It is a grey, windy, wintery day and I was wondering about keeping this self-imposed Friday blog date. Afterall, there is nothing much to report – no new big work completed or profound musing on life and the universe. But there are some bits and pieces to write about and I did skip last week, so here goes…
A while ago, when extolling the joys of hand quilting, I posted a photograph of a piece I am working on. Well, I am still working on it. I am stitching a garden and, like a real garden, it seems that it keeps asking for more work to be done to it. (Do other gardeners also marvel at the perfect gardens pictured in magazines?) Here are a few more teasers, with the hope that when it is finally finished and I show you the complete quilt it won’t be a let-down.
The garden quilt is taking its time partly because every so often I get bored with it and make something else. For instance, this notebook cover made from silk brought all the way from India by one of my quilting friends as a gift.
The embossed snakelike shapes are part of the fabric. I was writing notes on life and the universe in one of those plain Moleskin soft-backed notebooks and this piece of fabric was just what was needed for a bright and comforting cover. I quilted it with gold thread to add to the luxuriance.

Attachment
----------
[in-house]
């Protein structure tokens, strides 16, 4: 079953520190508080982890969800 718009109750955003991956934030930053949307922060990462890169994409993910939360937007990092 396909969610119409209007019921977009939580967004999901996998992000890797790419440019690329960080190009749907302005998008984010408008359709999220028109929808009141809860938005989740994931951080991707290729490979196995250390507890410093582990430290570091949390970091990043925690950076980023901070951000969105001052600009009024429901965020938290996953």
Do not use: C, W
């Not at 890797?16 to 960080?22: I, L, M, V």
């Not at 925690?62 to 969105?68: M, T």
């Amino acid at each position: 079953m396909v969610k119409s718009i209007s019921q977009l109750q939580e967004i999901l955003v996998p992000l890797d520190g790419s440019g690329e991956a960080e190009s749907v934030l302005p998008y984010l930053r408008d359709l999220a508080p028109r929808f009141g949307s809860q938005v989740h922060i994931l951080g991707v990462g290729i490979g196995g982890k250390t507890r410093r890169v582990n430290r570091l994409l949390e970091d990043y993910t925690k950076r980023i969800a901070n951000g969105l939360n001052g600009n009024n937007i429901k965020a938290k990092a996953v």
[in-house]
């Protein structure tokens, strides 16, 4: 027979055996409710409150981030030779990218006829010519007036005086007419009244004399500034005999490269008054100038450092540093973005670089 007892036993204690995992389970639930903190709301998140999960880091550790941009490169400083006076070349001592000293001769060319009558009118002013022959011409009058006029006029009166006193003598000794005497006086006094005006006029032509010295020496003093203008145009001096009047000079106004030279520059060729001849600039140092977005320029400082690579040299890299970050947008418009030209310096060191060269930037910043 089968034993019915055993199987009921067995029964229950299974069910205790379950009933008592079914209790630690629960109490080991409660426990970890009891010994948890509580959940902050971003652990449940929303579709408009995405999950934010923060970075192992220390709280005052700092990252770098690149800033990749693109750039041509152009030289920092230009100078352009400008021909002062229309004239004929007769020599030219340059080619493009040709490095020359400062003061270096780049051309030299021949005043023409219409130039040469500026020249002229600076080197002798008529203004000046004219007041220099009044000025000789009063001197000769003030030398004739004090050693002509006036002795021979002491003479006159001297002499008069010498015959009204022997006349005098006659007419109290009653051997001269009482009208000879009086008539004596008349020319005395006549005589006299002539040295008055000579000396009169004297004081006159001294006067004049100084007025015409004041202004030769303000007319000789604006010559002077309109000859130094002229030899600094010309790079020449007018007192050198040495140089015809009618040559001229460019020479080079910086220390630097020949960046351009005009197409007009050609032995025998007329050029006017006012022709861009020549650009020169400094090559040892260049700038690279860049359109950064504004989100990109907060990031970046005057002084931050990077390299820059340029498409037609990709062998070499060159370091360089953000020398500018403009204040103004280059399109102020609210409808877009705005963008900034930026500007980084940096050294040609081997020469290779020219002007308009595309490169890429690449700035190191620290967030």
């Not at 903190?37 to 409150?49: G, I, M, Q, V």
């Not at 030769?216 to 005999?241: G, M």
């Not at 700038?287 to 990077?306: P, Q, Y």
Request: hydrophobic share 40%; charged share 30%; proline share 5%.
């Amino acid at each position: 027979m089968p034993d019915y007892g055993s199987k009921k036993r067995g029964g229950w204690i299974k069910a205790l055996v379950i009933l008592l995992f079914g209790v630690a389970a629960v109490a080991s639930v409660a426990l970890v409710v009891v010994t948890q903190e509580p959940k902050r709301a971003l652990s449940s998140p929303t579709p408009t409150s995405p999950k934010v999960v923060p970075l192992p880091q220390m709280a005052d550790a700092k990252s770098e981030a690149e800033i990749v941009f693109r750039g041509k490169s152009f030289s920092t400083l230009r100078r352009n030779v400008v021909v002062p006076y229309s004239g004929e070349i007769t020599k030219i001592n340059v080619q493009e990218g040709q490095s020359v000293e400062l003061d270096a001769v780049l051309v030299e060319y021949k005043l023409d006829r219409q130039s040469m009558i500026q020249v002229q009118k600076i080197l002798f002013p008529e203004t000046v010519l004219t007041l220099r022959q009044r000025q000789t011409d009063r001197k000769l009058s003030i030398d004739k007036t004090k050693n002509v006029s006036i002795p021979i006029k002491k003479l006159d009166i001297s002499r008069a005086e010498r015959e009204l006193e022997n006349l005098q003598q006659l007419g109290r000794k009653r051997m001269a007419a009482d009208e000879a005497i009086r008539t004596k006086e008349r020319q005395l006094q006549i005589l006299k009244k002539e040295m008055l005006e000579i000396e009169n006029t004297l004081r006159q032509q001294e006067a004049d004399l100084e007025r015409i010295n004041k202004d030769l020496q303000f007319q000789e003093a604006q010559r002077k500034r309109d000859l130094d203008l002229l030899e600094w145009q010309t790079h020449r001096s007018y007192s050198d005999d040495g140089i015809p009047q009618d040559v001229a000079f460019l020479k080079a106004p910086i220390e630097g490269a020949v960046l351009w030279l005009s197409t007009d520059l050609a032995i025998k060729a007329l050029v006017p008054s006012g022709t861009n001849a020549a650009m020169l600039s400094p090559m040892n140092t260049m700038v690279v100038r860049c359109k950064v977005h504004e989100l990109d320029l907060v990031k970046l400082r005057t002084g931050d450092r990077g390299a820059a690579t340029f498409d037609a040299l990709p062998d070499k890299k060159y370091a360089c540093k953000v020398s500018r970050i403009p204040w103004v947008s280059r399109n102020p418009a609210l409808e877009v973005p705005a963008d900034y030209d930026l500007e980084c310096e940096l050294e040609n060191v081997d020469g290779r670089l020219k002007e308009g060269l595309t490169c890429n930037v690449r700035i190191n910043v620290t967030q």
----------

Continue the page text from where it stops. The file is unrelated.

Should or shouldn’t I display a new, wonky, quirky small quilt? It’s called Christmas Buddha and owes its existence to a photograph in a book by Antony Osler called Stoep Zen: A Zen Life in South Africa. (Jacana 2008, reprint 2016). The photograph is of a statue of the Buddha in a niche, surrounded by fairy lights and flanked by two brightly burning candles, as a celebration of the day and of Christmas. After this description, I will have to show you a photograph of the quilt. To see the real photograph, you will have to find the book.
The cover and the small quilt were made from scratch, in between stitching away at the garden quilt. And in between these, I finished a crocheted cushion cover. I have been working on this for about three years, so it is a great achievement! The wool is the most beautiful hand spun and dyed mohair, produced by Adele Cutten on her farm in the Eastern Cape. (The website is at https://www.adelesmohair.co.za/) It took me so long to make partly because the wool is very fine (sock wool guage) and partly because of the three row granny squares. The cushion now sits on our bed and it is both lovely to look at and lovely to lean against.
Last, but definitely not least, is this remarkable candlestick holder, turned by Andrew Stevens for our Victorian bathroom. It is made from solid Burmese teak reclaimed from an old citrus sorting machine, and from a piece of an old railway carriage. Isn’t it magnificent.